One thing that it seems that liberals will always want to look for is an excuse to complain about something.

If a conservative politician eats an apple, they will complain that they aren’t eating a banana. It’s sickening the way that they act.

The idea that liberals try to create manufactured outrage at every possible moment is not something that is a foreign concept. Look at what Rashida Tlaib did when the Vice President visited Mackinac Island recently. That’s a pretty small island when it comes to having people live on there.

That being the case, the streets are slightly narrower than you might find in other towns in Michigan, which is why for a varied number of reasons there have not been civilian vehicles allowed on the island for decades. Key word, CIVILIAN vehicles.

Mackinac Island in Michigan is a unique place. The tiny resort destination in Lake Huron is one of the few locales in the United States where motorized vehicles are mostly banned.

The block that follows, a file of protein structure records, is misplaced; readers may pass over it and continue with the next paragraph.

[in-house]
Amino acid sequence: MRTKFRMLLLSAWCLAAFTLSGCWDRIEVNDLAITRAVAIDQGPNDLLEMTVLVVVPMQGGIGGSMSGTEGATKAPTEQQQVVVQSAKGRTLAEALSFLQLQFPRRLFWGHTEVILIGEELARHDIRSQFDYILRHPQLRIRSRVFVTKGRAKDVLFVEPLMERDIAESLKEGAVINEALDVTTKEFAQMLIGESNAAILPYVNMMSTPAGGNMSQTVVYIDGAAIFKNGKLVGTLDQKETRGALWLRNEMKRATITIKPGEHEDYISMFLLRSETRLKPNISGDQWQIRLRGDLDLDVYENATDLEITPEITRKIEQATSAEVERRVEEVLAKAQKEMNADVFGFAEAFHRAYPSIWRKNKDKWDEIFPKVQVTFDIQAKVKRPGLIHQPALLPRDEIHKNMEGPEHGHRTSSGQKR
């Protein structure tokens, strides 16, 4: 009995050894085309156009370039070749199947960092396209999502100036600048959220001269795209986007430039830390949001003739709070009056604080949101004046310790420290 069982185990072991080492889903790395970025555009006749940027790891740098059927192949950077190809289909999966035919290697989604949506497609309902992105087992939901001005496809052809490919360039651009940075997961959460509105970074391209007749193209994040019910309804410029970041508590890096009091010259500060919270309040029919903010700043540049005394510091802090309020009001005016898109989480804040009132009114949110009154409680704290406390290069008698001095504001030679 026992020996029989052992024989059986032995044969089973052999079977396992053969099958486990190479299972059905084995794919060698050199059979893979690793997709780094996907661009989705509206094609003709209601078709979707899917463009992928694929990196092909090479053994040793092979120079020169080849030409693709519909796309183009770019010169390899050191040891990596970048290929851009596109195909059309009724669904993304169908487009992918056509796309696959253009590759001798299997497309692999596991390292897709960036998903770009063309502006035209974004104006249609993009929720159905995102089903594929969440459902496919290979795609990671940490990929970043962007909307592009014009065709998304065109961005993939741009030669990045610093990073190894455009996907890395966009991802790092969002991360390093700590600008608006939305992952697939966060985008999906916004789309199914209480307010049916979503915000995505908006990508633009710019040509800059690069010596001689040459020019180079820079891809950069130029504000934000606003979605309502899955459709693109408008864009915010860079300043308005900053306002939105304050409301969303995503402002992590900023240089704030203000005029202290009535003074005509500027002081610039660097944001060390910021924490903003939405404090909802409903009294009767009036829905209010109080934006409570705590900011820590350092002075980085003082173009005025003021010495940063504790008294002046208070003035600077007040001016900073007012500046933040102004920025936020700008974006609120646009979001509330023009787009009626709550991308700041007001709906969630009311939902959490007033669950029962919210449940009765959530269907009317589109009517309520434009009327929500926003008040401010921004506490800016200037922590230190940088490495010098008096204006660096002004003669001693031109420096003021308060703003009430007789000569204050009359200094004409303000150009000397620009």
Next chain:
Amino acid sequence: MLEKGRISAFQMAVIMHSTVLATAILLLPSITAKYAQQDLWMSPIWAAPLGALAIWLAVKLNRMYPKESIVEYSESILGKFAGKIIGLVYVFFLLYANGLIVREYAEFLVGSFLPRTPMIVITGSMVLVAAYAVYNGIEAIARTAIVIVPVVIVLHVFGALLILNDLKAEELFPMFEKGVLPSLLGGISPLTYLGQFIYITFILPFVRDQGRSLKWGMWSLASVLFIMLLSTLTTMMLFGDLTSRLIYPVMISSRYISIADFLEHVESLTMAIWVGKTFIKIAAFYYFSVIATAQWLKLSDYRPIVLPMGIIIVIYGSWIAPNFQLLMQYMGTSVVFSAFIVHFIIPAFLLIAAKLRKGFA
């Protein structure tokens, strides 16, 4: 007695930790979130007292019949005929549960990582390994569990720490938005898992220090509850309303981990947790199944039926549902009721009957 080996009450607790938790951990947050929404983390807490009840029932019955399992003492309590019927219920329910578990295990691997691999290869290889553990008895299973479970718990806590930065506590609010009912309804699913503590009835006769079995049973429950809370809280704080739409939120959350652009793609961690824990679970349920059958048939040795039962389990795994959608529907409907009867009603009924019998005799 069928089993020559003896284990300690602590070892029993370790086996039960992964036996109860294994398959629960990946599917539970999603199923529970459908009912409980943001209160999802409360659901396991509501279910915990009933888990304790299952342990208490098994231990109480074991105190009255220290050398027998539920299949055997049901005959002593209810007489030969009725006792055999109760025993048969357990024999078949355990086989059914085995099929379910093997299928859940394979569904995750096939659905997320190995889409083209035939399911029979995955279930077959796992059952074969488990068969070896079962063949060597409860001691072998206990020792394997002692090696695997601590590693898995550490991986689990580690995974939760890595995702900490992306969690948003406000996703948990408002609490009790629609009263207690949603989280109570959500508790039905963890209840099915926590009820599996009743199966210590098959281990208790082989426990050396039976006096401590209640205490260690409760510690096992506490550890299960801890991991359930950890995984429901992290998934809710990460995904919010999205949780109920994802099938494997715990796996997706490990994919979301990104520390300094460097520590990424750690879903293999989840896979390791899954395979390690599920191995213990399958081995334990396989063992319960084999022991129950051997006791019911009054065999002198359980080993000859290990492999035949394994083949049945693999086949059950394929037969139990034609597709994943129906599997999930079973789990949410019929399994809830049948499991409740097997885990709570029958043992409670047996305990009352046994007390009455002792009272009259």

It was also the site of the Mackinac Republican Leadership Conference last weekend, an event that featured Vice President Mike Pence. Given security concerns, obviously something had to give — which meant Pence had a motorcade of secure vehicles to travel in.

For the professionally outraged, this was a field day.

Take Democrat Rep. Rashida Tlaib, a member in good standing of “the squad.” Tlaib is from Michigan, and although her Detroit-area district isn’t exactly that close to Mackinac Island, she took it upon herself to be outraged for the Mackinacians. (Mackinackers? Mackinacois?)

“Banned for a century people, and here comes the Trump Administration trampling all over it, like they do the U.S. Constitution,” she tweeted on Sept. 22.

“This video of the cars driving on our beautiful #MackinacIsland makes my stomach turn.”

Oh, now that’s a burn. Just like they’re doing with the Constitution! Can we get some clapping hand emojis in between those words just to emphasize it?

The one problem with that clapback is it’s not particularly accurate:

The ban on motorized vehicles has exceptions, generally for vehicles that aren’t there for reasons of personal travel.

I’m sure if it was possible for Pence to bike like most of the residents of and visitors to Mackinac, he would. That’s not a reality in the world we live in. Secure presidential vehicles are just as necessary as emergency ambulances and snowmobiles on the island.

All right, some said, but what about when President Gerald Ford visited the island in 1975? He rode in a carriage, as the Detroit Free Press noted.


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